Not my problem

Do American scientists know that doing research in America is a necessary step for many scientists from other parts of the world in order to get a permanent job in academia in their home country?

Once in the US, these researchers face many challenges outside of academia that can significantly affect their survival and well-being, and ultimately, their scientific output. These challenges include health care, visa issues, housing, taxes, the school system, and child care. In America, people can easily fall through the cracks. Many other countries have a safety net that protects you while working at an academic institution. In the US however, offices will not coordinate and fix problems without the affected individuals being involved.

Pssst! The following text is only for postdocs. (I also mean grad students and visiting scholars).

Life as a postdoc with family: jobs start, jobs end, usually at one to three-year intervals. If you are a non-American postdoc in America, you will have to renew your visa every time you start a new appointment. For yourself and for your family. You will have to find housing, I mean a real apartment because with a family, you cannot just crash on a friend/collaborator’s couch or live in a pizza box. I recommend sleeping in a van. However, this gets a bit tricky if you need a postal address. And it is illegal in certain states. You will have to figure out schools. And, although most states let you freely choose schools, this works on a first-come-first-served basis. You can only be put on a waiting list if you have an address in town. So, even if it is the first thing you do when arriving at a new town, you will be sent to whatever school still has an empty spot. Even if four miles down the road. Now ride a bike every day with a 5-year old on an average-American-town-road. Be prepared for 16-year old high schoolers speeding right beside you and moms in trucks or SUVs not seeing you.

International postdoc families celebrating a Californian tradition

In March you will have to fill your first American tax record. Have fun! Enjoy being treated as an alien. Literally. The first two years as a non-resident alien, to be correct. That means you have to file as single. Say goodbye to 20% of your salary that your family would otherwise be entitled to through legitimate deductions.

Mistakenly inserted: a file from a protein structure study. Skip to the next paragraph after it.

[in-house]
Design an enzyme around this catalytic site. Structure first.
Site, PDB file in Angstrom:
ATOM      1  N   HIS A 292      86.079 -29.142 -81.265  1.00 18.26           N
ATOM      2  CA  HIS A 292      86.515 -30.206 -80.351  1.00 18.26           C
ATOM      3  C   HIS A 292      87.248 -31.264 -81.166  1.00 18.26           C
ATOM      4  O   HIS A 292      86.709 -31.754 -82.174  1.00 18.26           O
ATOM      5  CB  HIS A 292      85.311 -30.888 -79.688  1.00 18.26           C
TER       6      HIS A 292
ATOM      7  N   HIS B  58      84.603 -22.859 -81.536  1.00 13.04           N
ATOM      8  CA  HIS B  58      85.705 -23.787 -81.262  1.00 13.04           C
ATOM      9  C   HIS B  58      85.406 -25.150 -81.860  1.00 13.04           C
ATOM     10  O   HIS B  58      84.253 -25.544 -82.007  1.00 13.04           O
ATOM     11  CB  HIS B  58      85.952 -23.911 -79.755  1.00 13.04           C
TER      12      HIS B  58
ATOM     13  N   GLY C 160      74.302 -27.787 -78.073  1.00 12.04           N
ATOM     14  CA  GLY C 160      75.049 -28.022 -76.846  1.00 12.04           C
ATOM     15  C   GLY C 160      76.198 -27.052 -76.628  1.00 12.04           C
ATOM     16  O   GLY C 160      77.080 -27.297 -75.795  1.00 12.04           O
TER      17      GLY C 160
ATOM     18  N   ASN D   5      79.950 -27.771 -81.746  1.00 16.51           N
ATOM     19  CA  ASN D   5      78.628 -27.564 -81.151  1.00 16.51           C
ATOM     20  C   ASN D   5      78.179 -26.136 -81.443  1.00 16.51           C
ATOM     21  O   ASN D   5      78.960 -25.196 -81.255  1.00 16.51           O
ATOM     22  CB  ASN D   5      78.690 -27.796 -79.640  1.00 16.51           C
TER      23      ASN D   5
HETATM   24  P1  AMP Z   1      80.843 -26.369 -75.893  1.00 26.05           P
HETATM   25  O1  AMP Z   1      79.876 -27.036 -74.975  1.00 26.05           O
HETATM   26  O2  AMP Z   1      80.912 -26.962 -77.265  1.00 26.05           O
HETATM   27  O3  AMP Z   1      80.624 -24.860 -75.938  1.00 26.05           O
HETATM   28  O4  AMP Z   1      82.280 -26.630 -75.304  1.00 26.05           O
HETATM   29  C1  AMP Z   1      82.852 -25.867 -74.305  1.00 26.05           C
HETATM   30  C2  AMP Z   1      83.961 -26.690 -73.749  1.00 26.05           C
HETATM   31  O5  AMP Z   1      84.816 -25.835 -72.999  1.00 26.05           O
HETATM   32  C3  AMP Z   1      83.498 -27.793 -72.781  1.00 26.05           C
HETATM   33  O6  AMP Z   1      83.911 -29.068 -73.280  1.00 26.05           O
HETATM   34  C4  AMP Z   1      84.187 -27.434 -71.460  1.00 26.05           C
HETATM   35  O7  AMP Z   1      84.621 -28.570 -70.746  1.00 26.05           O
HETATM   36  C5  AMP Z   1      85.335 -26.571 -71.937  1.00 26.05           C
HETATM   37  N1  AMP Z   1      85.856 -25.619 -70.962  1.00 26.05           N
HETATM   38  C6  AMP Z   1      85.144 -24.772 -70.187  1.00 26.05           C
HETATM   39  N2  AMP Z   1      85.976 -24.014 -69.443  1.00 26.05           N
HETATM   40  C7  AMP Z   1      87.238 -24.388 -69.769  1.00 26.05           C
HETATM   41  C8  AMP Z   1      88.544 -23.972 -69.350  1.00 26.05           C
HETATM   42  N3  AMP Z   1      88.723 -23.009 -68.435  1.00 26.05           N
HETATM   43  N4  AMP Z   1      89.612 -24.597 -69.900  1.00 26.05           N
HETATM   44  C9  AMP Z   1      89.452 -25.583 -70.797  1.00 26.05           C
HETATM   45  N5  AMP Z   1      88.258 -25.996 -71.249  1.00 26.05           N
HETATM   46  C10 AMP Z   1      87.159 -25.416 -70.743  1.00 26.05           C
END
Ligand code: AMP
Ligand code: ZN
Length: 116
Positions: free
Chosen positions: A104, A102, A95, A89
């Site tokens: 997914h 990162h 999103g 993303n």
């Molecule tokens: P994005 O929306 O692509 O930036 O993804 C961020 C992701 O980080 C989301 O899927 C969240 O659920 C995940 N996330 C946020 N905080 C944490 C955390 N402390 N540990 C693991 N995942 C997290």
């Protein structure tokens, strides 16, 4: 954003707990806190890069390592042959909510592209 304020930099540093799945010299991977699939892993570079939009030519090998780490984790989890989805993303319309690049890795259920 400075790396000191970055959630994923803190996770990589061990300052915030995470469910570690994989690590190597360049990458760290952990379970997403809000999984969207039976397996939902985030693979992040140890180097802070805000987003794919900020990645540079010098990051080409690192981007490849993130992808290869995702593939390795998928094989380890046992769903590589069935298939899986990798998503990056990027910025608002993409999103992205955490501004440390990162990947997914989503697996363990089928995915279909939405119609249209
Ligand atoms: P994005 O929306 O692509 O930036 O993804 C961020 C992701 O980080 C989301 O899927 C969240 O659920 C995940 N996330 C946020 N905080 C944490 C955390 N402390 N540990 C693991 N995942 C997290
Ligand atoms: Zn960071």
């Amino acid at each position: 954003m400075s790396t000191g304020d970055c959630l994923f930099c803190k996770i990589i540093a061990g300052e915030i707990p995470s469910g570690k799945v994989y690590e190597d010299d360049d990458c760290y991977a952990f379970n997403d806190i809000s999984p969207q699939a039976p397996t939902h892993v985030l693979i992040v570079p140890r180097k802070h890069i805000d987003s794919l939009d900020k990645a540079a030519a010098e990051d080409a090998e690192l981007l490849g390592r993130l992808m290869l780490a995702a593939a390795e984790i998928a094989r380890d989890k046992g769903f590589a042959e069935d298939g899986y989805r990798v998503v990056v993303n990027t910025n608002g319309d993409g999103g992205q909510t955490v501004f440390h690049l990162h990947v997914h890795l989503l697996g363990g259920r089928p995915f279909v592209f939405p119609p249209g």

Next, health care. Sign up within 31 days after being hired. Wait. Are we hired yet? Oh no. We are still waiting for the visa to be transferred from the other university… Whenever hired, sign up for health care. Be aware, that after signing up you won’t be covered. If you have an emergency, pay out of pocket. However, pay only the amount a health care provider would pay and not the amount the hospital will charge you. Hope they will reimburse you. (They won’t if you are in the wrong town – so only have an emergency in the right town and never out of state!). Next, once you are covered, find out which doctors you are allowed to go to. Set-up an appointment with a doctor in your system (even if you are perfectly healthy). They are only allowed to refer you to a specialist (or urgent care) if they have seen you. So, get a physical as soon as possible. Remember, don’t get in an accident or sick before you have seen your primary care physician. It won’t be covered.

By the way, if you have a dependent (child or partner) with a chronic disease (e.g. diabetes type I). DON’T BRING THEM! Leave them in your home country. You will find out that insulin (for example) is not covered. Then you will call your doctor, the health care provider, the broker between the health care provider and the university to find out that it is covered. They just tried to see if you would pay it yourself. Same for the 4 hours at the emergency room the other night. Expect a $7,000 bill that you need to send back. Don’t pay it.

You got it?

If not, try to follow the advice below and don’t ignore the comments section!

Become active. Join the postdoc union (if there is one at your institution). Find out whether your university offers benefit orientations and attend them. Ask how you can see a doctor, when your insurance coverage will become effective, and get help in advance filling out your tax forms. Organize. Build associations. Babysit for other postdocs in need. Make use of your fellow postdocs or neighbors with a medical doctor degree. Never give up. Always stand up for yourself or your dependents. Get out there. Find out who to talk to and tell them your problem. The system is complicated in this country if you are not familiar with it. Nobody will fix your problems for you. And most of all: Don’t let these things get into your way of doing great science. Because this is why you originally came here.

Facing an uncertain future.

Last but not least, if you become tenured don’t forget this. Look out for your postdocs.

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